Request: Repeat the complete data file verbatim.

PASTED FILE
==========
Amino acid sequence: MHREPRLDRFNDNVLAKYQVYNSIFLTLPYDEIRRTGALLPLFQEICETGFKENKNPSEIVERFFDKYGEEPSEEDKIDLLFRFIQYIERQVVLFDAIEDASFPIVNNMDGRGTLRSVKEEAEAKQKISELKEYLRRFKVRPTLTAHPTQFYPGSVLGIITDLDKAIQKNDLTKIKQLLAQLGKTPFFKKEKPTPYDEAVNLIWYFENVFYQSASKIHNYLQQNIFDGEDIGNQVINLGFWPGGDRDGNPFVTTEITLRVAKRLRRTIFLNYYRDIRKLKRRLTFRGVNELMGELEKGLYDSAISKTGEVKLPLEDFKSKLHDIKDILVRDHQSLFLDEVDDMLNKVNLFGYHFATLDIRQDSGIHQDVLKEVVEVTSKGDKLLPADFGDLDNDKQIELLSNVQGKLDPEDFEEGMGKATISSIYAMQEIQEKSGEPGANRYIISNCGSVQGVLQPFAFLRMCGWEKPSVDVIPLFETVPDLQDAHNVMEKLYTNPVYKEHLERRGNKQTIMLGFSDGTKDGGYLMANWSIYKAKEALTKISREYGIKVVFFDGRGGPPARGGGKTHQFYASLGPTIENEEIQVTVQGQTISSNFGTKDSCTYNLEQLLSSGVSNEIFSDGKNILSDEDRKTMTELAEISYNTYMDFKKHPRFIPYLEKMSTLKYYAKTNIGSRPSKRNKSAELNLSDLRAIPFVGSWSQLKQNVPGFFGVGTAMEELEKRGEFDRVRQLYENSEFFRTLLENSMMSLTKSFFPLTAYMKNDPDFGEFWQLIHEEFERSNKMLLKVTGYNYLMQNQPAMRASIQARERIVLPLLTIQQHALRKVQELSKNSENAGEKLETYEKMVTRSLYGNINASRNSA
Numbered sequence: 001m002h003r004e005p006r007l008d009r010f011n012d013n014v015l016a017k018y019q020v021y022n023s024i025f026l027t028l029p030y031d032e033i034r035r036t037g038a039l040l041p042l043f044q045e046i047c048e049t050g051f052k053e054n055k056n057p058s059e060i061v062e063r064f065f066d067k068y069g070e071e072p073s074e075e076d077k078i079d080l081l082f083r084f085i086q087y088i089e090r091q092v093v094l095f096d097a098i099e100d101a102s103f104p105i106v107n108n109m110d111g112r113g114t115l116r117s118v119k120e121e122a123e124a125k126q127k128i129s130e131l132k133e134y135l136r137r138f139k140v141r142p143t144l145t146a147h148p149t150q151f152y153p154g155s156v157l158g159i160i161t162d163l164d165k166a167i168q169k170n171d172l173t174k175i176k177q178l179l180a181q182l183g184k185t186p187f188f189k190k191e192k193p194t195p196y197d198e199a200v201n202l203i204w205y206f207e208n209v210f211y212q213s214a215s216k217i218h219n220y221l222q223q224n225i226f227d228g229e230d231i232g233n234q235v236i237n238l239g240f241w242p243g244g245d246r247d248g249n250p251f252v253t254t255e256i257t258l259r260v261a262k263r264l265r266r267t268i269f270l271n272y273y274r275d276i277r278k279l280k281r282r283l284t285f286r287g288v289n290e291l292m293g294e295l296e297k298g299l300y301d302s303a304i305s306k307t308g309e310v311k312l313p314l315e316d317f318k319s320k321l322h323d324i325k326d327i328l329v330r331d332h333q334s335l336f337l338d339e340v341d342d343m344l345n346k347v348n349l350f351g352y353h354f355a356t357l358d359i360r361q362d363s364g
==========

Amino acid sequence: MHREPRLDRFNDNVLAKYQVYNSIFLTLPYDEIRRTGALLPLFQEICETGFKENKNPSEIVERFFDKYGEEPSEEDKIDLLFRFIQYIERQVVLFDAIEDASFPIVNNMDGRGTLRSVKEEAEAKQKISELKEYLRRFKVRPTLTAHPTQFYPGSVLGIITDLDKAIQKNDLTKIKQLLAQLGKTPFFKKEKPTPYDEAVNLIWYFENVFYQSASKIHNYLQQNIFDGEDIGNQVINLGFWPGGDRDGNPFVTTEITLRVAKRLRRTIFLNYYRDIRKLKRRLTFRGVNELMGELEKGLYDSAISKTGEVKLPLEDFKSKLHDIKDILVRDHQSLFLDEVDDMLNKVNLFGYHFATLDIRQDSGIHQDVLKEVVEVTSKGDKLLPADFGDLDNDKQIELLSNVQGKLDPEDFEEGMGKATISSIYAMQEIQEKSGEPGANRYIISNCGSVQGVLQPFAFLRMCGWEKPSVDVIPLFETVPDLQDAHNVMEKLYTNPVYKEHLERRGNKQTIMLGFSDGTKDGGYLMANWSIYKAKEALTKISREYGIKVVFFDGRGGPPARGGGKTHQFYASLGPTIENEEIQVTVQGQTISSNFGTKDSCTYNLEQLLSSGVSNEIFSDGKNILSDEDRKTMTELAEISYNTYMDFKKHPRFIPYLEKMSTLKYYAKTNIGSRPSKRNKSAELNLSDLRAIPFVGSWSQLKQNVPGFFGVGTAMEELEKRGEFDRVRQLYENSEFFRTLLENSMMSLTKSFFPLTAYMKNDPDFGEFWQLIHEEFERSNKMLLKVTGYNYLMQNQPAMRASIQARERIVLPLLTIQQHALRKVQELSKNSENAGEKLETYEKMVTRSLYGNINASRNSA
Numbered sequence: 001m002h003r004e005p006r007l008d009r010f011n012d013n014v015l016a017k018y019q020v021y022n023s024i025f026l027t028l029p030y031d032e033i034r035r036t037g038a039l040l041p042l043f044q045e046i047c048e049t050g051f052k053e054n055k056n057p058s059e060i061v062e063r064f065f066d067k068y069g070e071e072p073s074e075e076d077k078i079d080l081l082f083r084f085i086q087y088i089e090r091q092v093v094l095f096d097a098i099e100d101a102s103f104p105i106v107n108n109m110d111g112r113g114t115l116r117s118v119k120e121e122a123e124a125k126q127k128i129s130e131l132k133e134y135l136r137r138f139k140v141r142p143t144l145t146a147h148p149t150q151f152y153p154g155s156v157l158g159i160i161t162d163l164d165k166a167i168q169k170n171d172l173t174k175i176k177q178l179l180a181q182l183g184k185t186p187f188f189k190k191e192k193p194t195p196y197d198e199a200v201n202l203i204w205y206f207e208n209v210f211y212q213s214a215s216k217i218h219n220y221l222q223q224n225i226f227d228g229e230d231i232g233n234q235v236i237n238l239g240f241w242p243g244g245d246r247d248g249n250p251f252v253t254t255e256i257t258l259r260v261a262k263r264l265r266r267t268i269f270l271n272y273y274r275d276i277r278k279l280k281r282r283l284t285f286r287g288v289n290e291l292m293g294e295l296e297k298g299l300y301d302s303a304i305s306k307t308g309e310v311k312l313p314l315e316d317f318k319s320k321l322h323d324i325k326d327i328l329v330r331d332h333q334s335l336f337l338d339e340v341d342d343m344l345n346k347v348n349l350f351g352y353h354f355a356t357l358d359i360r361q362d363s364g